Incarcerated creatives voice urgent truths in ‘128-G: Art and Writing from a California State Prison’
Artblog contributor Janyce Denise Glasper reviews the book "128-G: Art and Writing From a California State Prison" -- a collection of photos, paintings, letters, and more, from incarcerated men in the 128-G cell block of Calipatria State Prison in Southern California. Janyce says the book is poignant, inspiring, and articulates urgent truths about structural inequality. Proceeds from the book benefit Words Uncaged -- purchase details in this post!

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Black hardcover book "128-G" on a gray table.
“128-G: Art and Writing From a California State Prison,” hardcover book published by Brick of Gold, 2020.

“I adapted to prison life but I wasn’t conditioned by it.”— Emmy award winning actor/director Charles S. Dutton to L.A. Times, Jan. 18, 1990

In 128-G: Art and Writing From a California State Prison’s tender foreword, Joel Baptiste, the supportive Calipatria State Prison cohort, convincingly drives home the important validity of art’s historic influence, stating that, “art has taken complicated knowledge from the upper class and interpreted sentiment sometimes even healing to the masses.” Enter whose voice matters most when it comes to art and writing. The work of inmates would most likely be considered the least valued.

128-G: Art and Writing From a California State Prison is not a crime novel or a defense attorney’s manifesto. This unique book sets to redefine a complicated perception, to perhaps shift the minds of those fearing or revolting against lawbreaking criminals, that certain folks are unworthy of a second chance. Straight from a specific cell block, several men share abrasive accounts that push and pull at the conflicted reade. Brutal, heartbreaking stories are integrated between incredibly rendered drawings and beautiful, poignant prose shining through the cracks. Beneath the perceived societal villain exists the aggrieved human soul, the empathy, the endless regret. Television, film, and other media often show a quick and easy ploy— here are these caught criminals that will be locked up— justice is served. Behind the scenes of that justice is a grittier picture or, as Juan Mejia, the leading producer of this ambitious project, states, “the court gives physical punishment, but here [prison] is the psychological—there’s no end date for that.” The intimate portraits displayed page by page combine representative narrative and abstraction; religion ultimately the stepping stone from dark, oppressive slumbers; peace being found in the mundane ugliness.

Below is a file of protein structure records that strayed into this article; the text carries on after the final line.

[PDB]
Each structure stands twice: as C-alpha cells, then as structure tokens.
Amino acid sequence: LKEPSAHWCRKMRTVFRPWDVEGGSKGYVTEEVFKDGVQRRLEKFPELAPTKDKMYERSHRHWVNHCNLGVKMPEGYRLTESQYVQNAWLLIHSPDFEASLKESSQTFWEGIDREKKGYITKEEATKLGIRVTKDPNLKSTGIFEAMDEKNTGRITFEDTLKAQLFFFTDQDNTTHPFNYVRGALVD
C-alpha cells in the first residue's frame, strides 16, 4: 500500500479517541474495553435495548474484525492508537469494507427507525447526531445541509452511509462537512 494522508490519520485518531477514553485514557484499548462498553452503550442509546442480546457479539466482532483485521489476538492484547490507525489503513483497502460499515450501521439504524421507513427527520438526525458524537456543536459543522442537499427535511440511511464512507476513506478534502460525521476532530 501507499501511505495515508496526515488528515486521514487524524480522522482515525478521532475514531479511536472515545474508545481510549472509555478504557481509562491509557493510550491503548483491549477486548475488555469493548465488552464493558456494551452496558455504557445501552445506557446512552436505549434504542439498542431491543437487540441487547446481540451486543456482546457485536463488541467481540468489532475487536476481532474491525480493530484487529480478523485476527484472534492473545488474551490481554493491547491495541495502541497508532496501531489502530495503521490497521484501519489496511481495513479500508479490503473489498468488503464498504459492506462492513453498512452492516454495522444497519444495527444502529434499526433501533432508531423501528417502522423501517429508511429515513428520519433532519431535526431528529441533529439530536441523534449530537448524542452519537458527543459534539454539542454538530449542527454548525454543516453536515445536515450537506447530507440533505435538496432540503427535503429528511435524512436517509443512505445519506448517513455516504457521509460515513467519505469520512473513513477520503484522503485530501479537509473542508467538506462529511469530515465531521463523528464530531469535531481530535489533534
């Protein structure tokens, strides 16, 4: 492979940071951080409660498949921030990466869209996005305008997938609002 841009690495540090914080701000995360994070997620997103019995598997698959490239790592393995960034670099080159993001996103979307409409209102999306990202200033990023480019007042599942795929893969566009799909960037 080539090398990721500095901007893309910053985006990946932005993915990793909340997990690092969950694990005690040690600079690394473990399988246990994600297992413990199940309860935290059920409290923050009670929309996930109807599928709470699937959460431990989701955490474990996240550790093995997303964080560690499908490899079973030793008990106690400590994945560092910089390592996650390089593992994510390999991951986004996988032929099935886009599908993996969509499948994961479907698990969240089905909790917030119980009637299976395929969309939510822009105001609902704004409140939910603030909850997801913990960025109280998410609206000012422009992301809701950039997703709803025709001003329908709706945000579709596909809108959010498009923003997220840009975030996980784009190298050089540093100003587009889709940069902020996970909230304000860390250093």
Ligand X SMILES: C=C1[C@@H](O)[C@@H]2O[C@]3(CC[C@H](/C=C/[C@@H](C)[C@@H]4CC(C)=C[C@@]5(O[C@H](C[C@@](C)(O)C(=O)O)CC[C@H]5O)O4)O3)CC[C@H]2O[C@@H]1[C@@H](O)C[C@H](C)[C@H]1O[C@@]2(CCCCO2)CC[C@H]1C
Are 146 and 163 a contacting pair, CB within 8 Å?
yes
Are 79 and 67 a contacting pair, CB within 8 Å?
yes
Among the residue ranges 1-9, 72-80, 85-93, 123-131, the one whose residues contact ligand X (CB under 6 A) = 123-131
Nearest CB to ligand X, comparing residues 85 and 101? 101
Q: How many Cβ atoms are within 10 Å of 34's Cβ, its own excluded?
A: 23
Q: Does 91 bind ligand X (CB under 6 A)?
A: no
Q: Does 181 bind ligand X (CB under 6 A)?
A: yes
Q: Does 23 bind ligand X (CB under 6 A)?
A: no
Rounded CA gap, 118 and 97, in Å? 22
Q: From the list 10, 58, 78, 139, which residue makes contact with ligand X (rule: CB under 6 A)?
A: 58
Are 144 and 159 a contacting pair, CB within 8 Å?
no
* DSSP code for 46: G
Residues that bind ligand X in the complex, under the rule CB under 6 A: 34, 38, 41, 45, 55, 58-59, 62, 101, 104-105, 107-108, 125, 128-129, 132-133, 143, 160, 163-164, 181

The biggest takeaway is that the past should not forever define anyone’s future.

Mejia adds that prisoners are viewed as caged monsters that cannot ever be reformed, much less ever successfully reintegrate into society. The charged writings and artworks of 128-G convey an eagerness to express the weight captivity has on sanity. The only solace is creativity.